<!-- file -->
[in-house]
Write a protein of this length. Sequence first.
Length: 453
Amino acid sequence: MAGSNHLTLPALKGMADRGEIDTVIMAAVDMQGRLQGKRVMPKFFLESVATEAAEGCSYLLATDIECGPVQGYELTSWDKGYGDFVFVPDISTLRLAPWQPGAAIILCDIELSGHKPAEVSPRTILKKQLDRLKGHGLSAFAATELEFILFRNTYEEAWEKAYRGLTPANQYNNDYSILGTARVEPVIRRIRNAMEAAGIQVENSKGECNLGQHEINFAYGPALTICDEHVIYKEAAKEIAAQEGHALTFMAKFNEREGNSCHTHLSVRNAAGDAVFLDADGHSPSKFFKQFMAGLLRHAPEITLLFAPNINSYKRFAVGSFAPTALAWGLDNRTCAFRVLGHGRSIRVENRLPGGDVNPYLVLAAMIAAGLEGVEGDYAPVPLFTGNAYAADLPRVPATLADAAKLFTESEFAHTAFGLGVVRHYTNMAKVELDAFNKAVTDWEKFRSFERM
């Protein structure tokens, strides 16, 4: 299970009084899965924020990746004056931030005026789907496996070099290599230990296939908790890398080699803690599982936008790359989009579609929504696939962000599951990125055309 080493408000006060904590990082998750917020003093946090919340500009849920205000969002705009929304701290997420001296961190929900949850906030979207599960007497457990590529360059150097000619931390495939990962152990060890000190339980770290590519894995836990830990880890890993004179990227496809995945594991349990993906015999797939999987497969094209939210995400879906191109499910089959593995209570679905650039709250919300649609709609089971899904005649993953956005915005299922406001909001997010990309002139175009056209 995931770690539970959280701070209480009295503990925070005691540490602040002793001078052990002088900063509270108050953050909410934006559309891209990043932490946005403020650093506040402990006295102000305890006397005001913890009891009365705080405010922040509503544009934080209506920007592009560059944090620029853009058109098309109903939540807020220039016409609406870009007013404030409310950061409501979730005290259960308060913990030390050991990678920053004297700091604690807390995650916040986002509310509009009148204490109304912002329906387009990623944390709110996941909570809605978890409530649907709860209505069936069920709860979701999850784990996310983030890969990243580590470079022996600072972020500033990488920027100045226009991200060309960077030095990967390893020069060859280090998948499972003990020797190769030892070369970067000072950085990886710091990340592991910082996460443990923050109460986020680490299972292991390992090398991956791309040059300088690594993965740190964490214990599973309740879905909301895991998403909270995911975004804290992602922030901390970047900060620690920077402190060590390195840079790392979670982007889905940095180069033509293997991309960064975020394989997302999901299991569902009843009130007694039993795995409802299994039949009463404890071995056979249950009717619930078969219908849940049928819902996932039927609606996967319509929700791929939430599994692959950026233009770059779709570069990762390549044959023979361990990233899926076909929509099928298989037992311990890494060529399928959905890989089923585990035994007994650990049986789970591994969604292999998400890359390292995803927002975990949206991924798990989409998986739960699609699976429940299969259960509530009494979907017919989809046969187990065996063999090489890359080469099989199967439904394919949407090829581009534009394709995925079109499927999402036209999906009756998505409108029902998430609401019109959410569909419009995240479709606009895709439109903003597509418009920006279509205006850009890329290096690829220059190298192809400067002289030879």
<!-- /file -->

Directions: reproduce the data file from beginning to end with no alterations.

[in-house]
Write a protein of this length. Sequence first.
Length: 453
Amino acid sequence: MAGSNHLTLPALKGMADRGEIDTVIMAAVDMQGRLQGKRVMPKFFLESVATEAAEGCSYLLATDIECGPVQGYELTSWDKGYGDFVFVPDISTLRLAPWQPGAAIILCDIELSGHKPAEVSPRTILKKQLDRLKGHGLSAFAATELEFILFRNTYEEAWEKAYRGLTPANQYNNDYSILGTARVEPVIRRIRNAMEAAGIQVENSKGECNLGQHEINFAYGPALTICDEHVIYKEAAKEIAAQEGHALTFMAKFNEREGNSCHTHLSVRNAAGDAVFLDADGHSPSKFFKQFMAGLLRHAPEITLLFAPNINSYKRFAVGSFAPTALAWGLDNRTCAFRVLGHGRSIRVENRLPGGDVNPYLVLAAMIAAGLEGVEGDYAPVPLFTGNAYAADLPRVPATLADAAKLFTESEFAHTAFGLGVVRHYTNMAKVELDAFNKAVTDWEKFRSFERM
């Protein structure tokens, strides 16, 4: 299970009084899965924020990746004056931030005026789907496996070099290599230990296939908790890398080699803690599982936008790359989009579609929504696939962000599951990125055309 080493408000006060904590990082998750917020003093946090919340500009849920205000969002705009929304701290997420001296961190929900949850906030979207599960007497457990590529360059150097000619931390495939990962152990060890000190339980770290590519894995836990830990880890890993004179990227496809995945594991349990993906015999797939999987497969094209939210995400879906191109499910089959593995209570679905650039709250919300649609709609089971899904005649993953956005915005299922406001909001997010990309002139175009056209 995931770690539970959280701070209480009295503990925070005691540490602040002793001078052990002088900063509270108050953050909410934006559309891209990043932490946005403020650093506040402990006295102000305890006397005001913890009891009365705080405010922040509503544009934080209506920007592009560059944090620029853009058109098309109903939540807020220039016409609406870009007013404030409310950061409501979730005290259960308060913990030390050991990678920053004297700091604690807390995650916040986002509310509009009148204490109304912002329906387009990623944390709110996941909570809605978890409530649907709860209505069936069920709860979701999850784990996310983030890969990243580590470079022996600072972020500033990488920027100045226009991200060309960077030095990967390893020069060859280090998948499972003990020797190769030892070369970067000072950085990886710091990340592991910082996460443990923050109460986020680490299972292991390992090398991956791309040059300088690594993965740190964490214990599973309740879905909301895991998403909270995911975004804290992602922030901390970047900060620690920077402190060590390195840079790392979670982007889905940095180069033509293997991309960064975020394989997302999901299991569902009843009130007694039993795995409802299994039949009463404890071995056979249950009717619930078969219908849940049928819902996932039927609606996967319509929700791929939430599994692959950026233009770059779709570069990762390549044959023979361990990233899926076909929509099928298989037992311990890494060529399928959905890989089923585990035994007994650990049986789970591994969604292999998400890359390292995803927002975990949206991924798990989409998986739960699609699976429940299969259960509530009494979907017919989809046969187990065996063999090489890359080469099989199967439904394919949407090829581009534009394709995925079109499927999402036209999906009756998505409108029902998430609401019109959410569909419009995240479709606009895709439109903003597509418009920006279509205006850009890329290096690829220059190298192809400067002289030879």